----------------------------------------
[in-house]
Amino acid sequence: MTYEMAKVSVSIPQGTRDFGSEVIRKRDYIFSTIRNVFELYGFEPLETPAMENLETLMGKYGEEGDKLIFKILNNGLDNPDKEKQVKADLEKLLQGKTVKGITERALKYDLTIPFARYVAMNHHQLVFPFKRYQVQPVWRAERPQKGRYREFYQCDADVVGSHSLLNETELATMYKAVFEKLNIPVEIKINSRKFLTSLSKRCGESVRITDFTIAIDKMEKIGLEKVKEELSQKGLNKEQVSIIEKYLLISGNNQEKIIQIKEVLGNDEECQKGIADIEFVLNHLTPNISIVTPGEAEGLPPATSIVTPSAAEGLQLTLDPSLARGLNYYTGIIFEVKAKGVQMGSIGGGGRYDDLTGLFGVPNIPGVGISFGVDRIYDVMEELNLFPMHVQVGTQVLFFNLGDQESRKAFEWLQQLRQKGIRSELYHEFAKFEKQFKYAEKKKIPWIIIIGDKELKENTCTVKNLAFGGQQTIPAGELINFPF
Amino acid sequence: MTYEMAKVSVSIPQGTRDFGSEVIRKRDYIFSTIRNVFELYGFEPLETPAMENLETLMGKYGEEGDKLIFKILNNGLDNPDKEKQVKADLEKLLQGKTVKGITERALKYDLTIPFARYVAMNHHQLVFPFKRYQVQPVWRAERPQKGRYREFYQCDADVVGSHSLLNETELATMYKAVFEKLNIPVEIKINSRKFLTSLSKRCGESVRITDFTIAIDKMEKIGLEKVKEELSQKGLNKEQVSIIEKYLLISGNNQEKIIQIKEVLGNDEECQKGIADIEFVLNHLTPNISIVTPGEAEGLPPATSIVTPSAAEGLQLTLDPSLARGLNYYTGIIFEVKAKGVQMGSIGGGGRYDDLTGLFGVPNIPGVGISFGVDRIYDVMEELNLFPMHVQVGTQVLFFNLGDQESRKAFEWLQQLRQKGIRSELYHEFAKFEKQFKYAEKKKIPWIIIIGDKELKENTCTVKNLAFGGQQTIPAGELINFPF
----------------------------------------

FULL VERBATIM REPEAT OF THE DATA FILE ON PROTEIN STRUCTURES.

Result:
[in-house]
Amino acid sequence: MTYEMAKVSVSIPQGTRDFGSEVIRKRDYIFSTIRNVFELYGFEPLETPAMENLETLMGKYGEEGDKLIFKILNNGLDNPDKEKQVKADLEKLLQGKTVKGITERALKYDLTIPFARYVAMNHHQLVFPFKRYQVQPVWRAERPQKGRYREFYQCDADVVGSHSLLNETELATMYKAVFEKLNIPVEIKINSRKFLTSLSKRCGESVRITDFTIAIDKMEKIGLEKVKEELSQKGLNKEQVSIIEKYLLISGNNQEKIIQIKEVLGNDEECQKGIADIEFVLNHLTPNISIVTPGEAEGLPPATSIVTPSAAEGLQLTLDPSLARGLNYYTGIIFEVKAKGVQMGSIGGGGRYDDLTGLFGVPNIPGVGISFGVDRIYDVMEELNLFPMHVQVGTQVLFFNLGDQESRKAFEWLQQLRQKGIRSELYHEFAKFEKQFKYAEKKKIPWIIIIGDKELKENTCTVKNLAFGGQQTIPAGELINFPF
Amino acid sequence: MTYEMAKVSVSIPQGTRDFGSEVIRKRDYIFSTIRNVFELYGFEPLETPAMENLETLMGKYGEEGDKLIFKILNNGLDNPDKEKQVKADLEKLLQGKTVKGITERALKYDLTIPFARYVAMNHHQLVFPFKRYQVQPVWRAERPQKGRYREFYQCDADVVGSHSLLNETELATMYKAVFEKLNIPVEIKINSRKFLTSLSKRCGESVRITDFTIAIDKMEKIGLEKVKEELSQKGLNKEQVSIIEKYLLISGNNQEKIIQIKEVLGNDEECQKGIADIEFVLNHLTPNISIVTPGEAEGLPPATSIVTPSAAEGLQLTLDPSLARGLNYYTGIIFEVKAKGVQMGSIGGGGRYDDLTGLFGVPNIPGVGISFGVDRIYDVMEELNLFPMHVQVGTQVLFFNLGDQESRKAFEWLQQLRQKGIRSELYHEFAKFEKQFKYAEKKKIPWIIIIGDKELKENTCTVKNLAFGGQQTIPAGELINFPF